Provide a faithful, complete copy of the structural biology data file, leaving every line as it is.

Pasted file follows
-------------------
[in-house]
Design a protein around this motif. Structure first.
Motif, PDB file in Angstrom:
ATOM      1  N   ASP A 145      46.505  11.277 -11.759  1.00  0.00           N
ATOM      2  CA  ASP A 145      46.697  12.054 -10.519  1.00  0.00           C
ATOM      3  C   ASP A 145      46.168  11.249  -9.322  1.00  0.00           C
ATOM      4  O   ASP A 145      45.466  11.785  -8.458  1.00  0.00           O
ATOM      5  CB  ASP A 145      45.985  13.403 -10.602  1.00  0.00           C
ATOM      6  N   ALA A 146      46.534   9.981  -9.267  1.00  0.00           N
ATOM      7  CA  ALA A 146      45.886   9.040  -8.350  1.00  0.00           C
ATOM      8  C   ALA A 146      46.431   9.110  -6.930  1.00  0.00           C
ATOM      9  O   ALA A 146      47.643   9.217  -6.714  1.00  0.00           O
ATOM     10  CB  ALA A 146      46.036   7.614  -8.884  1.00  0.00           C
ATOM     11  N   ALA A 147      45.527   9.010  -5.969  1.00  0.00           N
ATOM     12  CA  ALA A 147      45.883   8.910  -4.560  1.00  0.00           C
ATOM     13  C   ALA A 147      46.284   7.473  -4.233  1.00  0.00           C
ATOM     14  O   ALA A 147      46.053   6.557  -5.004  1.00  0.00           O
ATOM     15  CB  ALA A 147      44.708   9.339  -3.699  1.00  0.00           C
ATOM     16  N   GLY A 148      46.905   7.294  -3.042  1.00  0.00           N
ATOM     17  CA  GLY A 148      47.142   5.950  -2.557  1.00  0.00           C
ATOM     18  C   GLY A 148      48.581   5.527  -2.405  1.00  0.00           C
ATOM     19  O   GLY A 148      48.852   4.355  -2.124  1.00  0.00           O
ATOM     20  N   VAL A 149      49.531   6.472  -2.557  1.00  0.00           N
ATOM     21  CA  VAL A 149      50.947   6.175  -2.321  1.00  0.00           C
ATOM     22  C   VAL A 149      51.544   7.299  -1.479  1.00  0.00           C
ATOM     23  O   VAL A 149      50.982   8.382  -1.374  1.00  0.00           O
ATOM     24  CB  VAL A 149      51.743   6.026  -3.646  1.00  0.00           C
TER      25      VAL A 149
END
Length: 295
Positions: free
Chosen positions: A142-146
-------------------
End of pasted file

[in-house]
Design a protein around this motif. Structure first.
Motif, PDB file in Angstrom:
ATOM      1  N   ASP A 145      46.505  11.277 -11.759  1.00  0.00           N
ATOM      2  CA  ASP A 145      46.697  12.054 -10.519  1.00  0.00           C
ATOM      3  C   ASP A 145      46.168  11.249  -9.322  1.00  0.00           C
ATOM      4  O   ASP A 145      45.466  11.785  -8.458  1.00  0.00           O
ATOM      5  CB  ASP A 145      45.985  13.403 -10.602  1.00  0.00           C
ATOM      6  N   ALA A 146      46.534   9.981  -9.267  1.00  0.00           N
ATOM      7  CA  ALA A 146      45.886   9.040  -8.350  1.00  0.00           C
ATOM      8  C   ALA A 146      46.431   9.110  -6.930  1.00  0.00           C
ATOM      9  O   ALA A 146      47.643   9.217  -6.714  1.00  0.00           O
ATOM     10  CB  ALA A 146      46.036   7.614  -8.884  1.00  0.00           C
ATOM     11  N   ALA A 147      45.527   9.010  -5.969  1.00  0.00           N
ATOM     12  CA  ALA A 147      45.883   8.910  -4.560  1.00  0.00           C
ATOM     13  C   ALA A 147      46.284   7.473  -4.233  1.00  0.00           C
ATOM     14  O   ALA A 147      46.053   6.557  -5.004  1.00  0.00           O
ATOM     15  CB  ALA A 147      44.708   9.339  -3.699  1.00  0.00           C
ATOM     16  N   GLY A 148      46.905   7.294  -3.042  1.00  0.00           N
ATOM     17  CA  GLY A 148      47.142   5.950  -2.557  1.00  0.00           C
ATOM     18  C   GLY A 148      48.581   5.527  -2.405  1.00  0.00           C
ATOM     19  O   GLY A 148      48.852   4.355  -2.124  1.00  0.00           O
ATOM     20  N   VAL A 149      49.531   6.472  -2.557  1.00  0.00           N
ATOM     21  CA  VAL A 149      50.947   6.175  -2.321  1.00  0.00           C
ATOM     22  C   VAL A 149      51.544   7.299  -1.479  1.00  0.00           C
ATOM     23  O   VAL A 149      50.982   8.382  -1.374  1.00  0.00           O
ATOM     24  CB  VAL A 149      51.743   6.026  -3.646  1.00  0.00           C
TER      25      VAL A 149
END
Length: 295
Positions: free
Chosen positions: A142-146